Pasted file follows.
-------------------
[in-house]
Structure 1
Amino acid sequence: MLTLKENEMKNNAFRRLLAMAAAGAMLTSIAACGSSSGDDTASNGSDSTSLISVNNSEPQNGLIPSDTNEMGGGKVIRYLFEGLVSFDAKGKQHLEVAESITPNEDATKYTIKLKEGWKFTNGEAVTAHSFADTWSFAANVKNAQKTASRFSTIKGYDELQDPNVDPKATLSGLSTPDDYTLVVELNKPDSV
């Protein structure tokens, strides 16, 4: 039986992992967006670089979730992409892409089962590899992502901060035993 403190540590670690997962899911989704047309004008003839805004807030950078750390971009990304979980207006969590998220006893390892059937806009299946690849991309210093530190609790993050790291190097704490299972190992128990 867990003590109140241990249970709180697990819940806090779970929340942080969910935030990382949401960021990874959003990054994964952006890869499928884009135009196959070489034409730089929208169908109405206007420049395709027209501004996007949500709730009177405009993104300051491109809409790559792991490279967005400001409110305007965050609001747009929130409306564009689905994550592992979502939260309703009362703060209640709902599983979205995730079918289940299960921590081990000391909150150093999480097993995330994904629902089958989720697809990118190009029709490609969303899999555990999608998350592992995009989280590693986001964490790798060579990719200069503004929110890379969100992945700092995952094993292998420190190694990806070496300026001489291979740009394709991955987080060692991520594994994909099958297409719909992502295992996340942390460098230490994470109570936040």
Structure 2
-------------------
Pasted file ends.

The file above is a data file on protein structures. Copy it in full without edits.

[in-house]
Structure 1
Amino acid sequence: MLTLKENEMKNNAFRRLLAMAAAGAMLTSIAACGSSSGDDTASNGSDSTSLISVNNSEPQNGLIPSDTNEMGGGKVIRYLFEGLVSFDAKGKQHLEVAESITPNEDATKYTIKLKEGWKFTNGEAVTAHSFADTWSFAANVKNAQKTASRFSTIKGYDELQDPNVDPKATLSGLSTPDDYTLVVELNKPDSV
């Protein structure tokens, strides 16, 4: 039986992992967006670089979730992409892409089962590899992502901060035993 403190540590670690997962899911989704047309004008003839805004807030950078750390971009990304979980207006969590998220006893390892059937806009299946690849991309210093530190609790993050790291190097704490299972190992128990 867990003590109140241990249970709180697990819940806090779970929340942080969910935030990382949401960021990874959003990054994964952006890869499928884009135009196959070489034409730089929208169908109405206007420049395709027209501004996007949500709730009177405009993104300051491109809409790559792991490279967005400001409110305007965050609001747009929130409306564009689905994550592992979502939260309703009362703060209640709902599983979205995730079918289940299960921590081990000391909150150093999480097993995330994904629902089958989720697809990118190009029709490609969303899999555990999608998350592992995009989280590693986001964490790798060579990719200069503004929110890379969100992945700092995952094993292998420190190694990806070496300026001489291979740009394709991955987080060692991520594994994909099958297409719909992502295992996340942390460098230490994470109570936040």
Structure 2